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LLRCThe LLRC Action Plan gives great weight to land questions, which makes a lot of sense. Solving problems relating to land ownership and usage would go a long way towards satisfying personal needs with regard to what we have described as Recovery in the Draft National Policy on Reconciliation. While government has done well with regard to the public aspects of Recovery, through large scale infrastructure projects and livelihood programmes, ensuring a sense of dignity requires affirmation of property rights.

Certainly in the several meetings of Reconciliation Committees I have participated in at Divisional Secretariats, it is questions of land that are brought up most frequently. Indeed, other aspects of the LLRC Action Plan are barely touched on, but this is of crucial importance if we are to achieve levels of contentment that will lead to healing.

But while swift satisfaction of these material needs is of the essence, there is another element in the Action Plan which I believe requires attention, since it is the key to resolving several other problems. I refer to the recommendation of the LLRC that legislation should be enacted to ensure the right to information. Unfortunately there is no time frame for this, and the Action Plan simply asks the Cabinet to decide on a suitable time frame for drafting legislation. The Media Ministry is cited as the key responsible agency and there are no Key Performance Indicators, simply a comment that the Cabinet Office will be the interface for the interaction with the Cabinet of Ministers on the acceptance of such legislation by the legislature.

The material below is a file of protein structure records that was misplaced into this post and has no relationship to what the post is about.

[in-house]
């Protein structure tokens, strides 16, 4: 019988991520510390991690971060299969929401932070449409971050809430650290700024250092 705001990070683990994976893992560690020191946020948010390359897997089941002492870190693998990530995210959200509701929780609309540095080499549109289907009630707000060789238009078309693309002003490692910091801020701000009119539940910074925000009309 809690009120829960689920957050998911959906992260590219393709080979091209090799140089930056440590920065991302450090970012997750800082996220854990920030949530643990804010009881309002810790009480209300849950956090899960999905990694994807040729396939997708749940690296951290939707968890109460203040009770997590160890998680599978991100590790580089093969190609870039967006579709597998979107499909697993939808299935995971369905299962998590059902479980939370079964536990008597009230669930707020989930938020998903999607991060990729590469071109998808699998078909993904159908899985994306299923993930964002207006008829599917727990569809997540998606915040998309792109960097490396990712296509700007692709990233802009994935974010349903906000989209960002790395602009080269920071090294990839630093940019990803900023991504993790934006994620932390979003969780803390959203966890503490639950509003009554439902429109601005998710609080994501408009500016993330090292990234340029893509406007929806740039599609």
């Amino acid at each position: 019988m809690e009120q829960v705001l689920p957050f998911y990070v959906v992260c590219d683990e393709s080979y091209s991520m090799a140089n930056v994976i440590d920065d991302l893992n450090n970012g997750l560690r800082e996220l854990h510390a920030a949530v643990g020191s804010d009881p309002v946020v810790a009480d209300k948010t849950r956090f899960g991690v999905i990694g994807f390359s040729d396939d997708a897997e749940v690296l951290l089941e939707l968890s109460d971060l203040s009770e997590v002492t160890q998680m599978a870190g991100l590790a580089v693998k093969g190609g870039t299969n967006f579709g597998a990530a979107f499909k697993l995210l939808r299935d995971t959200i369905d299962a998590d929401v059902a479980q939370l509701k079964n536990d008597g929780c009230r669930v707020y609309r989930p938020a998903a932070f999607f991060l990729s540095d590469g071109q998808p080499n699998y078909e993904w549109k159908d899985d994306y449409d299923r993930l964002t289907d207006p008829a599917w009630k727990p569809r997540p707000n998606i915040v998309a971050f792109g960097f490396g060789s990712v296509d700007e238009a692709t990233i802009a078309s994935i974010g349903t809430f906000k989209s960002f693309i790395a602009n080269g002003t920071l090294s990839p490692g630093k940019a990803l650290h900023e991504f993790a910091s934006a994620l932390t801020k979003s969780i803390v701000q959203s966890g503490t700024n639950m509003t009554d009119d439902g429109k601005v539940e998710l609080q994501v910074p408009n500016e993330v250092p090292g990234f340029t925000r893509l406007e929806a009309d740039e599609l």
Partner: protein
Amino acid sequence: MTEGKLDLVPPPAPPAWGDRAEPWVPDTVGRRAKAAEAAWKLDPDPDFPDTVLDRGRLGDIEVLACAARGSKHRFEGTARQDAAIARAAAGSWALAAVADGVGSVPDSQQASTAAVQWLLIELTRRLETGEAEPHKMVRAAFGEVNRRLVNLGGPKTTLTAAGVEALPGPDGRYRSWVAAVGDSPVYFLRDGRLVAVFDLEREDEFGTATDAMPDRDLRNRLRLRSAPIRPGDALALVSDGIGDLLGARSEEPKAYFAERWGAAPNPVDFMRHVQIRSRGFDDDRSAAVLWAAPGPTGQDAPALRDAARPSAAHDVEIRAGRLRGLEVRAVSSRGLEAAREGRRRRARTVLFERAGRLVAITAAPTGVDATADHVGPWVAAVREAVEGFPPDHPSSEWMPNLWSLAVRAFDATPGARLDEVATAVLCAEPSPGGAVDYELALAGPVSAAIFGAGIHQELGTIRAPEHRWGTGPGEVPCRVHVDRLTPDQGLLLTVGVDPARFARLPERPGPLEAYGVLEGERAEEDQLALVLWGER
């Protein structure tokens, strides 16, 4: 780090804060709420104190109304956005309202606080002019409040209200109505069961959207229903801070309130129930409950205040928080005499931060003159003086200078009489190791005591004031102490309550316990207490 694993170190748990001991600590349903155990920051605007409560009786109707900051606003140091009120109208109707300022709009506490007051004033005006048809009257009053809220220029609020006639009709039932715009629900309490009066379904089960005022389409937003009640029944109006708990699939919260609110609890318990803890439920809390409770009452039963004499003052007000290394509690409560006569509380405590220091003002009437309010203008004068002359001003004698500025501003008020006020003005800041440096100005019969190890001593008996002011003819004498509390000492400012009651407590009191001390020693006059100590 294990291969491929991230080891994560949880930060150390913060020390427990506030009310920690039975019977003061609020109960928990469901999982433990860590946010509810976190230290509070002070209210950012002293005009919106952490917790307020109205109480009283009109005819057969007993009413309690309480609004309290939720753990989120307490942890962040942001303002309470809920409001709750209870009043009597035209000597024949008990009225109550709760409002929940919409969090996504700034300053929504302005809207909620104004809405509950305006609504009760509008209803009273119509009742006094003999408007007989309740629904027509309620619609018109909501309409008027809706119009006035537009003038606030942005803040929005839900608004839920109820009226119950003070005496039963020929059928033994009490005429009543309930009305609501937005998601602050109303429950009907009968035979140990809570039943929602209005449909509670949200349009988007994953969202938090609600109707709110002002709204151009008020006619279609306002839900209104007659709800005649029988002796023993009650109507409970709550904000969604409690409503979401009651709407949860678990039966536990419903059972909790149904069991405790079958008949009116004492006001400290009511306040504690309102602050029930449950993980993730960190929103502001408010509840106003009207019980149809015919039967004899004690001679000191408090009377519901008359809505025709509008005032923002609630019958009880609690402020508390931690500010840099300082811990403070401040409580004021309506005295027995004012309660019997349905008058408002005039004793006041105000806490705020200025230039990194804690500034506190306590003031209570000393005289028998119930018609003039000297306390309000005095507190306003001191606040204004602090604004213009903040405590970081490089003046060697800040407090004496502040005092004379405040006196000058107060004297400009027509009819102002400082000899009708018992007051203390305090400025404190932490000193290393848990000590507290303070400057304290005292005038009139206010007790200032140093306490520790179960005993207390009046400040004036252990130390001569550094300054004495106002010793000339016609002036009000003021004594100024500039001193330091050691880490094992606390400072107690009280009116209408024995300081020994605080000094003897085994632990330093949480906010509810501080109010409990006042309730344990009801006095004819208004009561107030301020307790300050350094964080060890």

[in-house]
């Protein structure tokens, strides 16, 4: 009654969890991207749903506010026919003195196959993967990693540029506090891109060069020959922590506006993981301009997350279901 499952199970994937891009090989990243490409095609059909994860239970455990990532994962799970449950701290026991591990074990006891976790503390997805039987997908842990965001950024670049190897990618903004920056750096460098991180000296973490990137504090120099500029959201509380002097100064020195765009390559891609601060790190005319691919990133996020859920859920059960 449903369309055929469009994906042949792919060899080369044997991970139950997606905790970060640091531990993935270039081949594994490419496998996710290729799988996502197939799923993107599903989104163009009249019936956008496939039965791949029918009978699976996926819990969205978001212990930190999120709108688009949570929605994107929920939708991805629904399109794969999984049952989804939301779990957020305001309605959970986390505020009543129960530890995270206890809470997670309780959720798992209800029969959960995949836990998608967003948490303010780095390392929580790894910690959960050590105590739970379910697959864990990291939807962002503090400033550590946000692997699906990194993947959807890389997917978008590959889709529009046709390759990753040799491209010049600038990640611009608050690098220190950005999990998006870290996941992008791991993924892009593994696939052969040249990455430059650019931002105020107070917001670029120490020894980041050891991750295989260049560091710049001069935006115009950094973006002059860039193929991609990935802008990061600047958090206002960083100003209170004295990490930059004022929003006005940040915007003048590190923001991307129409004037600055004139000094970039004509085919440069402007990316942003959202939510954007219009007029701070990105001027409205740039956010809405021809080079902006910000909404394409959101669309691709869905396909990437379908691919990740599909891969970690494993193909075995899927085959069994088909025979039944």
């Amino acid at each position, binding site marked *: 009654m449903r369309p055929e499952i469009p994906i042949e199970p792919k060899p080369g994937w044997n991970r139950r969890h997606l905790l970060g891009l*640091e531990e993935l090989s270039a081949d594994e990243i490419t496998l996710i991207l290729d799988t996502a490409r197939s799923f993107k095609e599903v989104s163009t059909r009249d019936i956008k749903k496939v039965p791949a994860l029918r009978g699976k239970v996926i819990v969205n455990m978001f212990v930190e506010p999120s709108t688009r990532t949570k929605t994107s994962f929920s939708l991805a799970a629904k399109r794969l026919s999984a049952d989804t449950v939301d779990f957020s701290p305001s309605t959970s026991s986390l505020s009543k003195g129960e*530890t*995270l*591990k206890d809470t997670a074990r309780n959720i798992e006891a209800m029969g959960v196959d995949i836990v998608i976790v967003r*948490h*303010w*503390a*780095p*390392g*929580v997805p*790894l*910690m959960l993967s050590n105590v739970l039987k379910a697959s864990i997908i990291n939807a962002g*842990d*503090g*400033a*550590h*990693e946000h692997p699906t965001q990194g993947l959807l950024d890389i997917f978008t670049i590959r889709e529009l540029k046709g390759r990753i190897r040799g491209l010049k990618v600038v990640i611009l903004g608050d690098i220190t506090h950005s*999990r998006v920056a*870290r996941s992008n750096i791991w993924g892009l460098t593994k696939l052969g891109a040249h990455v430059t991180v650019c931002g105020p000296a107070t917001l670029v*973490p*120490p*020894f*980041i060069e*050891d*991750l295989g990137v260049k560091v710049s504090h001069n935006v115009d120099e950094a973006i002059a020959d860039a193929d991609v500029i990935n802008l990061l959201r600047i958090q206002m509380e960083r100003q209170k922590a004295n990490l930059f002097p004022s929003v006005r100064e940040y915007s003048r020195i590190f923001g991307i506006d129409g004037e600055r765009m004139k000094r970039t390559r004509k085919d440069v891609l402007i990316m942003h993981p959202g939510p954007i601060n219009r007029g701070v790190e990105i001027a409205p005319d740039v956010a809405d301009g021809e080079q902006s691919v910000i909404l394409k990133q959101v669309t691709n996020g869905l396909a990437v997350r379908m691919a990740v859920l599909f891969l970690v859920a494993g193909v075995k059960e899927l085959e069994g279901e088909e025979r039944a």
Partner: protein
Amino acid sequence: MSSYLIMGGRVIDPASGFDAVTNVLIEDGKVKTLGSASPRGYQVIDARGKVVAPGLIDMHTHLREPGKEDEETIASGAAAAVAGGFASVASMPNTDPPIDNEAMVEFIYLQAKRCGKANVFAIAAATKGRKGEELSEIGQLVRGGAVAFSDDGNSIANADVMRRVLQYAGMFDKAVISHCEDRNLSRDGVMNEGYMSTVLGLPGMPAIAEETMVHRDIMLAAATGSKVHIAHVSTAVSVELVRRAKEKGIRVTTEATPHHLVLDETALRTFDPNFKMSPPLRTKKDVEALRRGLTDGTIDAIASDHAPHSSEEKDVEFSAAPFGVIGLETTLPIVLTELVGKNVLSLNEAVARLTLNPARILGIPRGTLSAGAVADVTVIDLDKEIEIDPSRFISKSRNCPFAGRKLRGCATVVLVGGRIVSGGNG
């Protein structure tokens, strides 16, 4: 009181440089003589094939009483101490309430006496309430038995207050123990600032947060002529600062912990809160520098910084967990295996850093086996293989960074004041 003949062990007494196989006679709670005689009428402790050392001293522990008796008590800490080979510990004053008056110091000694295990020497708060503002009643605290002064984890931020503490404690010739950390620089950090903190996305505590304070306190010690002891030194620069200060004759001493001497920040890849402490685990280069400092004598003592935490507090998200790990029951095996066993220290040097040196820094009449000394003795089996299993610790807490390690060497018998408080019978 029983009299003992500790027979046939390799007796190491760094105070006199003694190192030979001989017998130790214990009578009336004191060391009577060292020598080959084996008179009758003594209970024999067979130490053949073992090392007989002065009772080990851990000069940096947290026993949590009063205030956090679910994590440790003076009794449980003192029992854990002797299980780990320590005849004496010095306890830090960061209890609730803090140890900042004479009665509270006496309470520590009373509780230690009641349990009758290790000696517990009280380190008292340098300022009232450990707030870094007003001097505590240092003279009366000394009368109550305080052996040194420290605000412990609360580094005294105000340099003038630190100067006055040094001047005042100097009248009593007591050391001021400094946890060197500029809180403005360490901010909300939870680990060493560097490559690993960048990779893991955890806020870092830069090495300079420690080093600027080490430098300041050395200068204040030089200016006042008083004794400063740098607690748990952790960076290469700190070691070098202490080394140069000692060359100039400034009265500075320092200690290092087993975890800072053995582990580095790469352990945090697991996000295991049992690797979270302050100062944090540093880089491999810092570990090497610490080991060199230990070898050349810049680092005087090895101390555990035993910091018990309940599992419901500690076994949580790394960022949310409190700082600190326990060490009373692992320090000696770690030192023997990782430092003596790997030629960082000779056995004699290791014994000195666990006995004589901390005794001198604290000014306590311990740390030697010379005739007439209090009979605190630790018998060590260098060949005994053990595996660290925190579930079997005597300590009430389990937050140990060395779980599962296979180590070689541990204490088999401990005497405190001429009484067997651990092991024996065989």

Conversely the National Human Rights Action Plan, adopted by Cabinet about a year before the LLRC Action Plan, noted that the required activity was the adoption of legislation to ensure the right to information, and the Key Performance Indicator was that such legislation was adopted. A period of 1 year was given for this, with the Key Responsible Agency being the Ministry of Justice.

I can see why the Ministry of Justice thinks that this is not its business, and it should rather be dealt with by the Media Ministry. However, since the Right to Information was one of the important new elements in the draft Bill of Rights that had been prepared in accordance with the Mahinda Chintanaya of 2005, and since the Justice Ministry was supposed to review that draft in a period of one month, I feel they should have consulted all relevant Ministries, including the Media Ministry, and set out a plan of action. As it is, the delay has allowed a much less forthright approach in the LLRC Action Plan.

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Rajiva Wijesinha

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